With all the buzz surrounding Zack Snyder’s new Superman film “The Man of Steel”, it’s almost amazing that we haven’t seen any actual footage yet.  The excitement from the studio seems almost palpable.  The first still of Henry Cavill as Superman hit the net and polarized the audience.  Half of the public felt at long last that this is what Superman is supposed to look like.  The other half found the costume clunky and rubbery.  Behind-the-scenes stills showing the costume in natural lighting along with shots of Michael Shannon in a motion capture suit did little to bolster public opinion.  But despite all this, there is still hope.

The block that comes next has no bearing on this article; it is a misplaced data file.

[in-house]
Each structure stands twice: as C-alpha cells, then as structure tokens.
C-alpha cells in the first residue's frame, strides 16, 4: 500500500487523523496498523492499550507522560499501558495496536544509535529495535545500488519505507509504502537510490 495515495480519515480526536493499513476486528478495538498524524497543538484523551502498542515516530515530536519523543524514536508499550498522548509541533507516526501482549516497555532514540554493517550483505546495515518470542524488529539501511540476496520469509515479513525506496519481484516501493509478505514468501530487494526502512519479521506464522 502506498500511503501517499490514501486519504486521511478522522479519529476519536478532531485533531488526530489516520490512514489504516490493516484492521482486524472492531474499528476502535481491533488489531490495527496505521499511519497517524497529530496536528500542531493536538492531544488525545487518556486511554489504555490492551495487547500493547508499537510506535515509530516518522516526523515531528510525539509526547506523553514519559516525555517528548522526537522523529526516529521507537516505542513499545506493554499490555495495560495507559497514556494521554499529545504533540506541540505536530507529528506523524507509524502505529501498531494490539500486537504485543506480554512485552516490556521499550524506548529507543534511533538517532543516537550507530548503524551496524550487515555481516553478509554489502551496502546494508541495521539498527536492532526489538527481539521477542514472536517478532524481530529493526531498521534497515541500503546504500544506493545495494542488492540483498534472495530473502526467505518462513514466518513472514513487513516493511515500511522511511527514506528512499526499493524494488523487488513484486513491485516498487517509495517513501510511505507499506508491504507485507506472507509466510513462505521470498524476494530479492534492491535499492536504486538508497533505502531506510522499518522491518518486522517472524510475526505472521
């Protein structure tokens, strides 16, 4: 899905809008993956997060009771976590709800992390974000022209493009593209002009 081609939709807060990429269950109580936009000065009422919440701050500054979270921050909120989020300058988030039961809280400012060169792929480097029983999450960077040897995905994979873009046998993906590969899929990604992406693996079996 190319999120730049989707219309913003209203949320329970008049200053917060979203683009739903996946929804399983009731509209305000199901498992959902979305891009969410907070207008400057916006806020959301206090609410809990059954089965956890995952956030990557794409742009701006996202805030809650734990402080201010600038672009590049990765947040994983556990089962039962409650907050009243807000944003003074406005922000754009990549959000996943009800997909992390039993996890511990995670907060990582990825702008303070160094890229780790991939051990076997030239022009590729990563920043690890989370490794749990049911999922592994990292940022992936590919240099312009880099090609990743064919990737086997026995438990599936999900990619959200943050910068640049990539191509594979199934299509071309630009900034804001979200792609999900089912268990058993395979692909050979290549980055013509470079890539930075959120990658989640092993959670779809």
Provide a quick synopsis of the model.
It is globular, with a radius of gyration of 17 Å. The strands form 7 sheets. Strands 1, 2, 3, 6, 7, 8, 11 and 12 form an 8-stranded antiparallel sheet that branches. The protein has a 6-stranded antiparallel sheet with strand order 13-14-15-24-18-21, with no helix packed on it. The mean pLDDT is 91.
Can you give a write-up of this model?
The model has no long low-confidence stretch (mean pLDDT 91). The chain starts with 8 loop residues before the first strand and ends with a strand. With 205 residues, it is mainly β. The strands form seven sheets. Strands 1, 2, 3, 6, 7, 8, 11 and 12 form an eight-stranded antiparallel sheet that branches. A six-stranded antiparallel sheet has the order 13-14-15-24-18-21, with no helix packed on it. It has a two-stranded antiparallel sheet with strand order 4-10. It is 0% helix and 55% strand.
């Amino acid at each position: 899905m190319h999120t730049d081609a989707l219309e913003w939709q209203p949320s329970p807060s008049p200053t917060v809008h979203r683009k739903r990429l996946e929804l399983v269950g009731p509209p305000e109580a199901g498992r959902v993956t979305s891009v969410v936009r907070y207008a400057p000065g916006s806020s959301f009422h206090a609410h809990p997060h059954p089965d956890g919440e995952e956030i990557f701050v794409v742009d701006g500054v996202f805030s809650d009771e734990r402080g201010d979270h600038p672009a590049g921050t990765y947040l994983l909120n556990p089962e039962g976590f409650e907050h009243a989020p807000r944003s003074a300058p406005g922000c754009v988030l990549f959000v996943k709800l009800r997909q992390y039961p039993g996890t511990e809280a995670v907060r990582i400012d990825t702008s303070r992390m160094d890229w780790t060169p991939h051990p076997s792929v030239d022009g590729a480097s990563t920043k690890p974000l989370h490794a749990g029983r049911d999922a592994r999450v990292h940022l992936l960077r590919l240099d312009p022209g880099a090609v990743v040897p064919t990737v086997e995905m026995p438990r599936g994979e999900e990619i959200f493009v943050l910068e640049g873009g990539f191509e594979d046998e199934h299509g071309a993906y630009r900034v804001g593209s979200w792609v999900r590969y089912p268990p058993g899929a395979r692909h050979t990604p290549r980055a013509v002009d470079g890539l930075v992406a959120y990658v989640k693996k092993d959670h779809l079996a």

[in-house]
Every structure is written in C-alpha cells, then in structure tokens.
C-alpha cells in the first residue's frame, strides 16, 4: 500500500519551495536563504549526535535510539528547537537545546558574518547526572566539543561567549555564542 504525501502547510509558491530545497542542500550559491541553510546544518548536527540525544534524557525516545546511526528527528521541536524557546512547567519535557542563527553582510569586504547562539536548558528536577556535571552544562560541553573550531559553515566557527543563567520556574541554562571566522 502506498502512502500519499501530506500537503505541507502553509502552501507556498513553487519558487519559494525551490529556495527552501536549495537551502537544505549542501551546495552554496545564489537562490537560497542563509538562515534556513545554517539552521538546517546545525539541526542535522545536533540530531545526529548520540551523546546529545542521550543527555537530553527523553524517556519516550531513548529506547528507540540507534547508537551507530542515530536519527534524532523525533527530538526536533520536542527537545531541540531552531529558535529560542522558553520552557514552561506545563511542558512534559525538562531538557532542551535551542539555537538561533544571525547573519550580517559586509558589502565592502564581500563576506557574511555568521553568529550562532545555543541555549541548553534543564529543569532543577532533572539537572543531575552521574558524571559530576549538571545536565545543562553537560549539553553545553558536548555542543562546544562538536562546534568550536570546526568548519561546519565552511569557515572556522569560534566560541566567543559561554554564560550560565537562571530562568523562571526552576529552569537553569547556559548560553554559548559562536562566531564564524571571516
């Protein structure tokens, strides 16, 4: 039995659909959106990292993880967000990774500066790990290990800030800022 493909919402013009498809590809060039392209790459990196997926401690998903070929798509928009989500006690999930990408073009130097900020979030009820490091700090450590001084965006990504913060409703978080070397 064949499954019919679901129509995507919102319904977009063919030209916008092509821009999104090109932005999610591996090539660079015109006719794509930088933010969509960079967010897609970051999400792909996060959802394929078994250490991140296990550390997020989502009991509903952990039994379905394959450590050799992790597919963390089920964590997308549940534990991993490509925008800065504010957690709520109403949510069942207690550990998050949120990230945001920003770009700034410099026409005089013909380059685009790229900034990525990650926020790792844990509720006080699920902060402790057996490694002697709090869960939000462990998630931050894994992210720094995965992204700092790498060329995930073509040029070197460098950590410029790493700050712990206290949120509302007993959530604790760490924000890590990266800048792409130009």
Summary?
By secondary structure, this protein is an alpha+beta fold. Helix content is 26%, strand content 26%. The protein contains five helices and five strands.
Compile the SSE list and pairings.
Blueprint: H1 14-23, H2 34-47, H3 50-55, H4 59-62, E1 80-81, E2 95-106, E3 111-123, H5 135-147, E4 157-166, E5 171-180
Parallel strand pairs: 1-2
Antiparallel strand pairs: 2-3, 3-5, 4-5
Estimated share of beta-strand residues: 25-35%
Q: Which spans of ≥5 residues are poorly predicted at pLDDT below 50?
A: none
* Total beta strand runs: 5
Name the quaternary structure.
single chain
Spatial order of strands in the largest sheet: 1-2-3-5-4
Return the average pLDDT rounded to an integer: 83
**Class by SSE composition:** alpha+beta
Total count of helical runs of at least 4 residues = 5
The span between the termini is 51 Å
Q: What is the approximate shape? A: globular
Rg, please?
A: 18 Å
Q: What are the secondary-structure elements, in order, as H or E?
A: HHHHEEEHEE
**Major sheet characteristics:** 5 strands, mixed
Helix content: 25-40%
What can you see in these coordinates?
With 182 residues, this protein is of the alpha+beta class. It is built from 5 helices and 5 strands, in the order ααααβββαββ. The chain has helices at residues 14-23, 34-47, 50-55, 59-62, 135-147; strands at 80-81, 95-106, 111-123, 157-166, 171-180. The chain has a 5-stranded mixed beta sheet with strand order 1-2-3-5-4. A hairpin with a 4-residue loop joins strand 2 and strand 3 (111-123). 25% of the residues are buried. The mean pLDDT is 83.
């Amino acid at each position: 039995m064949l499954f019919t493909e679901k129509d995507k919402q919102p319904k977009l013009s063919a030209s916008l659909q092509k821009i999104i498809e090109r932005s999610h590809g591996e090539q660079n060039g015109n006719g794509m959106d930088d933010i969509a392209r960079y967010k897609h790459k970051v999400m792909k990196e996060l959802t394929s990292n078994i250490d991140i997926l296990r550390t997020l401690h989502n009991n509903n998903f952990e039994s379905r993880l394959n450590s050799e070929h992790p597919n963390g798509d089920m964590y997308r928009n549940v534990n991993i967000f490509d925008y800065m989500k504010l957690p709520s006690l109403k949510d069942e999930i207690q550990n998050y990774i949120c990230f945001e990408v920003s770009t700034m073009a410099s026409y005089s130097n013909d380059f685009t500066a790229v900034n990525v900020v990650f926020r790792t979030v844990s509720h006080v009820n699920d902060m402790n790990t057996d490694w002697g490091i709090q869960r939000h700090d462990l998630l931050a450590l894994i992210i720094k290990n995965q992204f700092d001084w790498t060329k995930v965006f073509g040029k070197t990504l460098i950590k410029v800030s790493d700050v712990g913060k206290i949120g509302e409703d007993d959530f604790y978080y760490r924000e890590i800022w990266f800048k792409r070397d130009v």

To say that I am less-than-excited for this film would be an understatement.  I am a huge Superman fan, but I’ve found that over the past few years almost every creative force behind the Last Son of Krypton has forgotten how to handle the character and what makes him great and the mistakes of the past.

Superman, like any great story, can be subject to individual interpretation.  You take from it what you want.  My favorite overall interpretation of Superman in the comics was John Byrne’s reboot in 1986.  My favorite film/TV adaptation continues to be Richard Donner’s SUPERMAN: THE MOVIE from 1979, despite its flaws (of which there were but a few).

One of the major components of Donner’s film which separates it from the rest of the treatments of Superman is, of course, his hardline stance on verisimilitude.

veri·si·mil·i·tude – the quality or state of having the appearance of truth; depicting realism